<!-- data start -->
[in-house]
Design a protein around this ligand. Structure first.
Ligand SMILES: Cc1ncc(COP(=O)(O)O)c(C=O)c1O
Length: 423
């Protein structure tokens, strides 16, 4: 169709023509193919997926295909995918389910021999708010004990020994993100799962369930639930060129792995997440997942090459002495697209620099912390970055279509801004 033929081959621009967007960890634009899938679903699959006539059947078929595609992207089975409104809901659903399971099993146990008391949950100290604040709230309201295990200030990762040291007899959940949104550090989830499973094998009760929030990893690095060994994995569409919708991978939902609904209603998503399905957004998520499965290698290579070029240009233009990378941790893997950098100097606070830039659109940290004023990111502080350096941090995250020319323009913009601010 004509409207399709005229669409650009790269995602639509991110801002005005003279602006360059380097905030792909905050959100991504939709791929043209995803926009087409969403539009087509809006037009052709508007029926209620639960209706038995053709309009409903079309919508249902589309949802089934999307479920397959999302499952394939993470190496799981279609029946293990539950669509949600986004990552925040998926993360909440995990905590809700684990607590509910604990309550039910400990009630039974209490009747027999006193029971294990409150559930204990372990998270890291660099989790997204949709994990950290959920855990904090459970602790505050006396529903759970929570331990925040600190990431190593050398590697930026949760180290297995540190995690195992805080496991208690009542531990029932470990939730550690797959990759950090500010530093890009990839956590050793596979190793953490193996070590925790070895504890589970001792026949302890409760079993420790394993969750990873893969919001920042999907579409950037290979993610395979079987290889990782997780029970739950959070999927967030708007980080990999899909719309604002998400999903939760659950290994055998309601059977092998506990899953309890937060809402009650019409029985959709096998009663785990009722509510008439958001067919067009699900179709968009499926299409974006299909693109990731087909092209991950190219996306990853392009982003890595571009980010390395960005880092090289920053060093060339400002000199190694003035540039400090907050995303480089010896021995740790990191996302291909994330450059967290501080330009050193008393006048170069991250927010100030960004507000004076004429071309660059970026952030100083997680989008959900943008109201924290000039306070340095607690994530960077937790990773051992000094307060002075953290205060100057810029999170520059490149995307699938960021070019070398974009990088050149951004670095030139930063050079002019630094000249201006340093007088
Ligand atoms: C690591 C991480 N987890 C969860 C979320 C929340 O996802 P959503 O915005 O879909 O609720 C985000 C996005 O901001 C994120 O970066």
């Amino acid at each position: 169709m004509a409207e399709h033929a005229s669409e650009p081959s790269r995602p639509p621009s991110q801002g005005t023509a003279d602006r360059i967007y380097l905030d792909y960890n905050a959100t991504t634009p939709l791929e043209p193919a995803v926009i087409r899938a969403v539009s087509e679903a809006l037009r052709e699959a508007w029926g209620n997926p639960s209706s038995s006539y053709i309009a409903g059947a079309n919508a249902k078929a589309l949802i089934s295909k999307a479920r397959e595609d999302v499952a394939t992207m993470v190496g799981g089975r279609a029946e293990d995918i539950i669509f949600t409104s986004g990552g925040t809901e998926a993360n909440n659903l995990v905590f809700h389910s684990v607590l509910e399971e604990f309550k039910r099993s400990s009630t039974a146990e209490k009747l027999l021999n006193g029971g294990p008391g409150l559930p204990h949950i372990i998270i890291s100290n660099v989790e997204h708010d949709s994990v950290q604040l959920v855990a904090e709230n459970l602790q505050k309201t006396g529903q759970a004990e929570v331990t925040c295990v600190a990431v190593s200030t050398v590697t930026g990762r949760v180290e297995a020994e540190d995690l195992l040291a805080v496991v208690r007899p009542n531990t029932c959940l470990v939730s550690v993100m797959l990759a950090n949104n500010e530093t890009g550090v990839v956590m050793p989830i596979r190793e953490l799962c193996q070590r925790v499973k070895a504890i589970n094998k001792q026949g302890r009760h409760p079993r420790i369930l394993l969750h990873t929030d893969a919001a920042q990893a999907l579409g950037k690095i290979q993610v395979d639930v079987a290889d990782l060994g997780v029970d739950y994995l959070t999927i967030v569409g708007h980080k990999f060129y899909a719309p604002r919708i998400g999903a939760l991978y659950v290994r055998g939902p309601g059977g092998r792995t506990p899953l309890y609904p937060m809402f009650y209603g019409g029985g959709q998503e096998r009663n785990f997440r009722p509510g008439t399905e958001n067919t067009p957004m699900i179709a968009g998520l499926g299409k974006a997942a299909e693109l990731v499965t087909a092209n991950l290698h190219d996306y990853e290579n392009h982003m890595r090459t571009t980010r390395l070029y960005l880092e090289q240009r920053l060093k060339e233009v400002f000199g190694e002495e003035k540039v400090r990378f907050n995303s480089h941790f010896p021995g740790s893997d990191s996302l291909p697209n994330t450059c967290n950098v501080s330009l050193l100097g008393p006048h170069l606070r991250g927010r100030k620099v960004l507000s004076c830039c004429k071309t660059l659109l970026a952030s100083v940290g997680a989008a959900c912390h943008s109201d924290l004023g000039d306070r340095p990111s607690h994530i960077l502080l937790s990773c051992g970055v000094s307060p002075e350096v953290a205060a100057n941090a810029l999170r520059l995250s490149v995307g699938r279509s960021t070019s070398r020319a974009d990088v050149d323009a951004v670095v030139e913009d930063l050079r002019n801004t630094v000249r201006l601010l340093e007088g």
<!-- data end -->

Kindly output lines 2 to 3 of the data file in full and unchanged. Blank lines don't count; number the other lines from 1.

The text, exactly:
Design a protein around this ligand. Structure first.
Ligand SMILES: Cc1ncc(COP(=O)(O)O)c(C=O)c1O